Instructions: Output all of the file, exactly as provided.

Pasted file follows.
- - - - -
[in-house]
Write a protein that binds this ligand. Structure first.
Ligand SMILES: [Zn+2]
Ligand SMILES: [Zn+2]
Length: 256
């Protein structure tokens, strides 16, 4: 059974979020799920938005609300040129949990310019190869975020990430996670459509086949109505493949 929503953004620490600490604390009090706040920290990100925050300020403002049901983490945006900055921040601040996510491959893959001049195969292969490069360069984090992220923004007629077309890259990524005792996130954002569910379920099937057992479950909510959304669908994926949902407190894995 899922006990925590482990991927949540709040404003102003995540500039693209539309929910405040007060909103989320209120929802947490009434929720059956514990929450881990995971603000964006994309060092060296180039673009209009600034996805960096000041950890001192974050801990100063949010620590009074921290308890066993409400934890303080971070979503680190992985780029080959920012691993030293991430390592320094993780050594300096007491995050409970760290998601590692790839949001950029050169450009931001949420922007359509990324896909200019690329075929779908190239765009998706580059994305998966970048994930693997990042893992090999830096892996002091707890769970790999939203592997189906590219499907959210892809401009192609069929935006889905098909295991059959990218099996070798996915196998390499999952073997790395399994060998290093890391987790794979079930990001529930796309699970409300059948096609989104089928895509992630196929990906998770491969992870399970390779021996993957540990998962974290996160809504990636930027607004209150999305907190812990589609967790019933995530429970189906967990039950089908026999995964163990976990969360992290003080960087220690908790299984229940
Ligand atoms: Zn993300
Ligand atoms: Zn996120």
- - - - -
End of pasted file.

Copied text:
[in-house]
Write a protein that binds this ligand. Structure first.
Ligand SMILES: [Zn+2]
Ligand SMILES: [Zn+2]
Length: 256
């Protein structure tokens, strides 16, 4: 059974979020799920938005609300040129949990310019190869975020990430996670459509086949109505493949 929503953004620490600490604390009090706040920290990100925050300020403002049901983490945006900055921040601040996510491959893959001049195969292969490069360069984090992220923004007629077309890259990524005792996130954002569910379920099937057992479950909510959304669908994926949902407190894995 899922006990925590482990991927949540709040404003102003995540500039693209539309929910405040007060909103989320209120929802947490009434929720059956514990929450881990995971603000964006994309060092060296180039673009209009600034996805960096000041950890001192974050801990100063949010620590009074921290308890066993409400934890303080971070979503680190992985780029080959920012691993030293991430390592320094993780050594300096007491995050409970760290998601590692790839949001950029050169450009931001949420922007359509990324896909200019690329075929779908190239765009998706580059994305998966970048994930693997990042893992090999830096892996002091707890769970790999939203592997189906590219499907959210892809401009192609069929935006889905098909295991059959990218099996070798996915196998390499999952073997790395399994060998290093890391987790794979079930990001529930796309699970409300059948096609989104089928895509992630196929990906998770491969992870399970390779021996993957540990998962974290996160809504990636930027607004209150999305907190812990589609967790019933995530429970189906967990039950089908026999995964163990976990969360992290003080960087220690908790299984229940
Ligand atoms: Zn993300
Ligand atoms: Zn996120």